There are at least three slightly unconvincing stories about how this song came to see the light of day, but the only reason why several thousand people continue to sing it at every match is that it conveys a simple message—to the singers, and to everyone else: “We’re Notts County supporters—and you’re not” (with a side order of “and we don’t take things too seriously”).

Whether you’re an ice hockey team, a group of ABBA fans, or members of a religious sect, communal singing will bind you together and encourage you to help one another if things start going badly. Nowadays this bonding might simply mean that you check that all of your group are on the bus before you set off for home. Thousands of years ago it would have led to better cooperation in hunting, or in fighting off enemies or predators. In fact, the bonding that comes from communal singing may well still be saving lives today among platoons of U.S. marines and other soldiers who sing while marching or training. The singing helps the rhythm of the marching, reduces the boredom of the long treks, and helps to make the group into a self-supporting team.

Sexual advertising and group bonding give us part of the answer to the question “Why does music exist?” but the theory I like best concentrates on the importance of mothers* singing to their babies.

Lullabies and play songs

The outstanding feature of human babies, compared to the rest of the animal kingdom, is that they are so totally helpless for such a ridiculously long time. Zebras, for example, have a much more get-up-and-go attitude. A baby zebra can run with the rest of the herd within a few hours of birth and will reach adulthood in about three years. It’s true that zebras don’t develop to the extent that they can write historical novels or play pool, but a six-month-old zebra is a master of predator evasion, while a six-month-old human is just a tasty snack.

Busy parents, from the hunter-gatherers of forty thousand years ago to twenty-first-century advertising executives, have always known that you can’t do very much if you are holding a baby. Among apes the answer to this problem is that the baby clings to the mother’s body hair, but humans don’t have much body hair, so this isn’t an option. This means that human babies need to be put down quite a lot of the time, and as we all know, this often upsets the little blighters. Babies are not good at regulating their emotions, and their parents have to spend a lot of time soothing and calming them. Cuddling and stroking are good ways to calm a baby, but if you’ve just put little Jessica down so you can get on with cooking the evening meal, you need a non-contact method of providing comfort. Singing or humming is an obvious choice. Initially you might try to lull her to sleep with your melodious outpourings, but if this doesn’t work, she will still be calmed and reassured by your song, even if she can’t necessarily see you.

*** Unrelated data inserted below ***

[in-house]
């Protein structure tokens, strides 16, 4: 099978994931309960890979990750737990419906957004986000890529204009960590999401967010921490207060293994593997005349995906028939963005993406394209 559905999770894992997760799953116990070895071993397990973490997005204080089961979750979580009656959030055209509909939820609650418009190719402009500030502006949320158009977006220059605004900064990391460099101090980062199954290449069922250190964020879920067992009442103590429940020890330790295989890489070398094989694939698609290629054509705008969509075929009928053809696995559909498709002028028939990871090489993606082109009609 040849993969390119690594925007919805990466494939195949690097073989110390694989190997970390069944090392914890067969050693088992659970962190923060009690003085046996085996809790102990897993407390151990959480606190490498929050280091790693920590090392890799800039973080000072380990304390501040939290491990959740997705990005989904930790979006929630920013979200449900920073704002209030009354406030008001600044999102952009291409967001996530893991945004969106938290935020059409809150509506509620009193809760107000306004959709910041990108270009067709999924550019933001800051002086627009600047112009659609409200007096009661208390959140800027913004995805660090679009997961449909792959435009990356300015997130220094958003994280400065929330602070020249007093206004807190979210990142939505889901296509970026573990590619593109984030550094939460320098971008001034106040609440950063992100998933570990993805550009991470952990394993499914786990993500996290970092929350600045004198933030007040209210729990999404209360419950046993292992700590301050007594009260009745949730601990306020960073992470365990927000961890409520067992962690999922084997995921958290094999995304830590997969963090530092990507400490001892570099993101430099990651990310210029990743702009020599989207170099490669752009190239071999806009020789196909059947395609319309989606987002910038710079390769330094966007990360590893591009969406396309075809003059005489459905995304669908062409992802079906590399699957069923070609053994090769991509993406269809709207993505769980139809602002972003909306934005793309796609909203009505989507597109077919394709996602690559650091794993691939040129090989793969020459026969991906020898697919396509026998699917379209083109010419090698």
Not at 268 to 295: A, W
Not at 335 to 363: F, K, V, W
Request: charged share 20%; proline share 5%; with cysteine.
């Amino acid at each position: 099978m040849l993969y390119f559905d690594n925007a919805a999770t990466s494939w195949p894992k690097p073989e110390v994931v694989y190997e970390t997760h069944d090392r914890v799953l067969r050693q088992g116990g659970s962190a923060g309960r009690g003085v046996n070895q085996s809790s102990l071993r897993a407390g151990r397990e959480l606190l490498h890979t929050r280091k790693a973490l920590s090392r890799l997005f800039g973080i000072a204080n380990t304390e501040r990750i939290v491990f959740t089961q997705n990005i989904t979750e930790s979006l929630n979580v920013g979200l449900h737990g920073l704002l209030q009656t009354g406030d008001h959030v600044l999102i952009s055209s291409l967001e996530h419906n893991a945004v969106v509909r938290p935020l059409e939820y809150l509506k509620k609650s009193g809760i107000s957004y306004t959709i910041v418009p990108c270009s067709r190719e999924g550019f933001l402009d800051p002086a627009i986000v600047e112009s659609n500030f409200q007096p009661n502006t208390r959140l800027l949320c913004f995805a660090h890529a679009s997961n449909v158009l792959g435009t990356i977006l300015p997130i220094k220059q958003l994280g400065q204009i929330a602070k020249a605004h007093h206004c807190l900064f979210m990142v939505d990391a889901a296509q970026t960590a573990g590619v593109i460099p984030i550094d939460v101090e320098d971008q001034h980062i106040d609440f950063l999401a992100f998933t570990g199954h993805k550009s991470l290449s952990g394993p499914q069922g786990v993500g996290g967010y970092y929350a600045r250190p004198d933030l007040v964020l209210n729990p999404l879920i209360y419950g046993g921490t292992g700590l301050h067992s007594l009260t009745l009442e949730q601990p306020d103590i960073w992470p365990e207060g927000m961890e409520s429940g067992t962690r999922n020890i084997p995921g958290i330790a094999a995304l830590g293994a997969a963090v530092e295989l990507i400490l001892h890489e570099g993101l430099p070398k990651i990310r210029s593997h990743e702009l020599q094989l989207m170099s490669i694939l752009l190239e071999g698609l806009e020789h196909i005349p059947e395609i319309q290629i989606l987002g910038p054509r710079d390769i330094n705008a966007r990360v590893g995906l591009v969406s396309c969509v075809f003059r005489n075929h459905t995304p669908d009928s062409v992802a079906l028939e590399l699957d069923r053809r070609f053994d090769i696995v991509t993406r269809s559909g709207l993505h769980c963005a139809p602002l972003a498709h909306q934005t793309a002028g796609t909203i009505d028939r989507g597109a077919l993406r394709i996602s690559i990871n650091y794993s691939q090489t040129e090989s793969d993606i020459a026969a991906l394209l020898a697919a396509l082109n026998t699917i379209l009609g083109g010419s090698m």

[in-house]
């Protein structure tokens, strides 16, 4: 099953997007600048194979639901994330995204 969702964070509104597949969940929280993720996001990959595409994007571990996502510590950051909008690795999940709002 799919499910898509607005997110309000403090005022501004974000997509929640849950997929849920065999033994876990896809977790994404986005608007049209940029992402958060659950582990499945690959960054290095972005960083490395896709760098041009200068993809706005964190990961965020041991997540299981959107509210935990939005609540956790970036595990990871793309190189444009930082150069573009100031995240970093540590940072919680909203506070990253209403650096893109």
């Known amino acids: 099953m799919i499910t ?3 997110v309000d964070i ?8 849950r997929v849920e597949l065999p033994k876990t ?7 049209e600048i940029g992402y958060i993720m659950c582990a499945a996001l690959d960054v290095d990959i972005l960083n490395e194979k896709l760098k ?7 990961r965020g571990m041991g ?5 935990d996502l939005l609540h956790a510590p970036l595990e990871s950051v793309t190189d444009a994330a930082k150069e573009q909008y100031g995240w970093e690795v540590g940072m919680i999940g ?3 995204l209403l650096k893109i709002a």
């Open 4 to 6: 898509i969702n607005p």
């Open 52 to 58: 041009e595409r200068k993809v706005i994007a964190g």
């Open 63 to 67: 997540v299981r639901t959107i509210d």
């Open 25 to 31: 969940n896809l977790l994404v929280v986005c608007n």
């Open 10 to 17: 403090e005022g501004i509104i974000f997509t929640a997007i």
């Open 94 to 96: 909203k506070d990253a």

All human cultures sing to their children and have done so for thousands of years. Plato wrote about the beneficial effects of lullabies on children over two thousand years ago,7 and the fact that lullabies are similar all over the world is a strong indicator that singing and humming as a means of soothing babies goes right back to the beginnings of human history.8

Of course, not all parental singing is aimed at calming the baby down; there are also cheerful and stimulating play songs for youngsters, such as “Pop Goes the Weasel.” Babies like it when their mother talks to them in sing-songy motherese, but they love it even more when she sings to them. You might wonder how I can state this point with such confidence. Well, that’s because psychologists Takayuki Nakata and Sandra Trehub have carried out an experiment that confirms it.9 You can tell when a baby is enjoying what her mum is doing because she pays attention. She looks at her mother’s face and stops wriggling around so much. Knowing this, our two psychologists played several babies videotapes of their mums either singing or talking and monitored how interested the infants were. The singing clearly won the day.

One probable reason why babies preferred the singing is that songs are more predictable than speech. Mothers usually have a small repertoire of songs that they tend to sing in a ritualized way, so the whole performance is comforting and familiar to the child. In contrast, motherese often involves questions, which babies sometimes find a bit too stimulating. And before you accuse me of overestimating the ability of babies to comprehend questions, I’d better explain myself. If Imogen’s mother says, “Who’s a good little girl then?” with a motherese lilt, six-month-old Imogen is stimulated, but not because she’s considering the nature of goodness and how it pertains to the fact that she’s just vomited milk down Mum’s silk shirt. Babies haven’t got a clue what you’re asking, but when you ask a question you usually raise the pitch of your voice toward the end of the sentence. Humans as well as other primates find rising pitches toward the end of utterances stimulating rather than relaxing, since rising pitches indicate that the utterance was important and that a response is necessary. Apart from these frequent questions, motherese is often punctuated by odd noises, hand movements, and tickling. In fact, if you overdo the motherese stimulation, your little one will start averting her eyes, deliberately ignoring you so she can calm down a bit.